Like many people of my generation (b. 1958), I grew up watching Westerns; Bonanza, Gunsmoke, The Big Valley, The Virginian, The Magnificent Seven, The Good, The Bad and The Ugly, True Grit, One Eyed Jacks…I could go on and on. No Black cowboys there. But in reality, they werethere and they remain there still.
There are so many stereotypes about who we, as people of the African Diaspora in America, are and are not.
I ‘m from the urban east coast. My first elementary school, on the Upper West Side of Manhattan, was across the street from the Claremont Riding Academy, a stable and riding school. My mom mentioned having taken lessons there as a girl, but I never saw her ride.
New York City has had mounted police since the mid 19thcentury and I’ve seen a few Black mounted officers in my day, but none held the mythical, magical power of a “Black Cowboy” (or girl). Yes, I have a surface knowledge of the “Buffalo Soldiers,” but they’re historic. The opening shots of Half Past Autumn, with Gordon Parks cantering through Kansas grasses, reinforced his “specialness” rather than illustrate a culture of Black people on horseback.
Louisiana Trail Riders crossed my desk as an entrant to the 2016 Center for Documentary Studies Documentary Essay Prize in Photography. I was moved by how comfortable the folks in these images seem; with their horses, in their bodies, and with the camera. Several generations. Black men, women, and children celebrating a part of their rich culture. A beautiful unfolding of story and witness, Jeremiah Ariaz has frozen intimate details of mastery and the bonds of relationship—human to human to horse to landscape. Fathers and sons in one saddle, teaching and learning a legacy; a young couple rides their single mount bareback—her with a shy/sly downward glance, him with a strong, direct gaze. There are horse-shoes and cell phones; cowboy hats and baseball caps; big silver buckles and sagging jeans; boots and flipflops; guitars and a turntable. Beautiful men and badass women—and horses. This isn’t about working or Rodeo riding, this is about tradition, a slice of life, of deep culture. This isn’t nostalgia, it’s real and now. It’s the mixture of romance and real that makes this work sing to me.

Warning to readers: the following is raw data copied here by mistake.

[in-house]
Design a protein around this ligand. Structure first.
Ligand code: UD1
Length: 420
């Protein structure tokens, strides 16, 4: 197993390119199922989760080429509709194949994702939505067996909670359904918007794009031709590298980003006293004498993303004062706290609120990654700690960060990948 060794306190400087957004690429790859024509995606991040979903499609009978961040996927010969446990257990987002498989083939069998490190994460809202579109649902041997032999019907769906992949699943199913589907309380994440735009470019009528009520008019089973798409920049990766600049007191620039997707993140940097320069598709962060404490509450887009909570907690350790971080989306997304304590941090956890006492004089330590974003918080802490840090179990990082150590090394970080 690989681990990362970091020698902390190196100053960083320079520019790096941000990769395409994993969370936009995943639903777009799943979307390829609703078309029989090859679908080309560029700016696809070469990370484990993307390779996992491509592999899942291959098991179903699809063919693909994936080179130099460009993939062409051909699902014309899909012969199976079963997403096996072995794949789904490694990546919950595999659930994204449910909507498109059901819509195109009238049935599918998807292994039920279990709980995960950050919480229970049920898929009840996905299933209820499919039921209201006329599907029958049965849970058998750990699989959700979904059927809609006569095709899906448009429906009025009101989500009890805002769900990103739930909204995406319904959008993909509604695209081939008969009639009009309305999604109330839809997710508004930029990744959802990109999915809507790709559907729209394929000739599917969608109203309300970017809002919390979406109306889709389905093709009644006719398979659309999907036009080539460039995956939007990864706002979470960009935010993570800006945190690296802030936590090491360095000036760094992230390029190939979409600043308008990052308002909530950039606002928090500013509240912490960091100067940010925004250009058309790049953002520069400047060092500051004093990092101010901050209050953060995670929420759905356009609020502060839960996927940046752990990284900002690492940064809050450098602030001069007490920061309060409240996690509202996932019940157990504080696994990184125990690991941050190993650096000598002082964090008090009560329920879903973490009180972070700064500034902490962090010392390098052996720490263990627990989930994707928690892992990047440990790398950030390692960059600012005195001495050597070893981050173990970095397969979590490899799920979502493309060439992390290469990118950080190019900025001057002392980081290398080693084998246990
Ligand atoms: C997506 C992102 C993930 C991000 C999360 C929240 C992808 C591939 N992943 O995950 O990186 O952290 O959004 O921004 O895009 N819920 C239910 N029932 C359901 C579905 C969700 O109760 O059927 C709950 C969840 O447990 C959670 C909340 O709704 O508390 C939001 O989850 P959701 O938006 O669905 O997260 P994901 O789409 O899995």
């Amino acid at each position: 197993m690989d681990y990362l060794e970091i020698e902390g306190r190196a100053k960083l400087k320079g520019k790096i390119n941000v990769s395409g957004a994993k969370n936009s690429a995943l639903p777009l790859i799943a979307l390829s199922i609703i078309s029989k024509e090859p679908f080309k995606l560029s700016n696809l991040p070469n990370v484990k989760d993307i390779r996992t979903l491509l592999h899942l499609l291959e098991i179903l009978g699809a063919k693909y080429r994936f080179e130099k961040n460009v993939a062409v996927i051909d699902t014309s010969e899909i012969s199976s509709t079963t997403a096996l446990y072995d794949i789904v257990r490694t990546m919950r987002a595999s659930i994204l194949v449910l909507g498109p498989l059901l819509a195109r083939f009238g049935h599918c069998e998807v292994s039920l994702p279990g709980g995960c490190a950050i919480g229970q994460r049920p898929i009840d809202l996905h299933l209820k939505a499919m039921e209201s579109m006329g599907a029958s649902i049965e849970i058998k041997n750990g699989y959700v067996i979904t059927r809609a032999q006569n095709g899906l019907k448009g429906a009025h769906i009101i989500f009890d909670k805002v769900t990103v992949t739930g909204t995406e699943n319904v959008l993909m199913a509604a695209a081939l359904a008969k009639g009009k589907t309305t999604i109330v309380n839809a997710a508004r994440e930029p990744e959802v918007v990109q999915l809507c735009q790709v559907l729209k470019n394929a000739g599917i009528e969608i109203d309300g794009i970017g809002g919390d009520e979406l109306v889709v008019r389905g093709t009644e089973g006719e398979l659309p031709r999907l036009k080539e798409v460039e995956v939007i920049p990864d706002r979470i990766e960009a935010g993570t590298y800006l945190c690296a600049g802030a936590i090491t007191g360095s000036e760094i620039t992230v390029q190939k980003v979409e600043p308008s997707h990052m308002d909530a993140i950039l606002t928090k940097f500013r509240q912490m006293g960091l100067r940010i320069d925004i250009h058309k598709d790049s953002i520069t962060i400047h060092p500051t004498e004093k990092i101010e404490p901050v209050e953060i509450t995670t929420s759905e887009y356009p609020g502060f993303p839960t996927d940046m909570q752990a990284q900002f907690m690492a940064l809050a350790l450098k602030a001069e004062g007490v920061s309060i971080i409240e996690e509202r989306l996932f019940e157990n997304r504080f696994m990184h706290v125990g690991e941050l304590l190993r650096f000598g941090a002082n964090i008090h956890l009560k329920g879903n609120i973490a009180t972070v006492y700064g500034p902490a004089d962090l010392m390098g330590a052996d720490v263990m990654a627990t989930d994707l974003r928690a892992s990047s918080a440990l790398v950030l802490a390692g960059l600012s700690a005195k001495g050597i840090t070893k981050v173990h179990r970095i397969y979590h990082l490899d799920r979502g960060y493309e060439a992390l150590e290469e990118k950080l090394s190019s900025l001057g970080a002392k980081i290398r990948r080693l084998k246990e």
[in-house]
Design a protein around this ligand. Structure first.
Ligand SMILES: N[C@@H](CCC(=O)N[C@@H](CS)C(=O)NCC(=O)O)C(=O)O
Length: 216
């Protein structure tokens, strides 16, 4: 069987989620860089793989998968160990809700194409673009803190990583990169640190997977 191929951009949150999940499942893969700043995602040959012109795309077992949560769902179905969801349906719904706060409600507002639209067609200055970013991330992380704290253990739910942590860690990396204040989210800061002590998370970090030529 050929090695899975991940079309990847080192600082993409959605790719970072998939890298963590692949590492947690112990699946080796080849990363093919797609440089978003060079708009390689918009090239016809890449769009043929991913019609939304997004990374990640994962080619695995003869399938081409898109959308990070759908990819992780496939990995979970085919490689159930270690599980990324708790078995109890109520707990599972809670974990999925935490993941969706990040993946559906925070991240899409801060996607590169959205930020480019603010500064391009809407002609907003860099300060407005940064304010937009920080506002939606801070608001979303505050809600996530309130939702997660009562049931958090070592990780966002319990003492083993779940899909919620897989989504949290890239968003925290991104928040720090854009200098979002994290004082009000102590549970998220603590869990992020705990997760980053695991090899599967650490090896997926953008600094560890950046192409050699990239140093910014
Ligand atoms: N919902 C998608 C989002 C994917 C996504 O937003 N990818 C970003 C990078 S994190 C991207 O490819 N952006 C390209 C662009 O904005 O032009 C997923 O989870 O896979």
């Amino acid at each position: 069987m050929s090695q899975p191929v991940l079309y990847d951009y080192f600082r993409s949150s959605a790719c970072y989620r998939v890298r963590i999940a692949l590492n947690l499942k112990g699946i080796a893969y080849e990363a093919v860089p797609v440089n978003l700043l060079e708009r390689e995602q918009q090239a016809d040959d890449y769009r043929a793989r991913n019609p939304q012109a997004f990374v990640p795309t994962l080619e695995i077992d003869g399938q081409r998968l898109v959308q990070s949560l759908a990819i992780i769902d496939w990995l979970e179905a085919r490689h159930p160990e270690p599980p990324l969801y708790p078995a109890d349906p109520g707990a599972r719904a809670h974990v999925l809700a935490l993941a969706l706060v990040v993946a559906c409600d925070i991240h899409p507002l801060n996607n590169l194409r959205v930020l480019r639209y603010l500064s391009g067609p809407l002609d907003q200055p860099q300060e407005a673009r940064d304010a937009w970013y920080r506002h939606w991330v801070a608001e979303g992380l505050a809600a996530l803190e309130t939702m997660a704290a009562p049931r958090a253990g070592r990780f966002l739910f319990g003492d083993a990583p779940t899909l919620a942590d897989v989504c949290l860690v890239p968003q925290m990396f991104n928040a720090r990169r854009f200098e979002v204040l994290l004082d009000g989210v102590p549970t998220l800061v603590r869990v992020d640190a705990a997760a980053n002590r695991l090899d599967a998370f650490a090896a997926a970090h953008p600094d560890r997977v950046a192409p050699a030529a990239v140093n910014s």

That Ariaz is able to hold so many tensions in these evocative black and white images, though he is not part of this culture, is a testament to his gifts as an artist and a human being.
--Courtney Reid-Eaton, Exhibitions Director Center for Documentary Studies at Duke University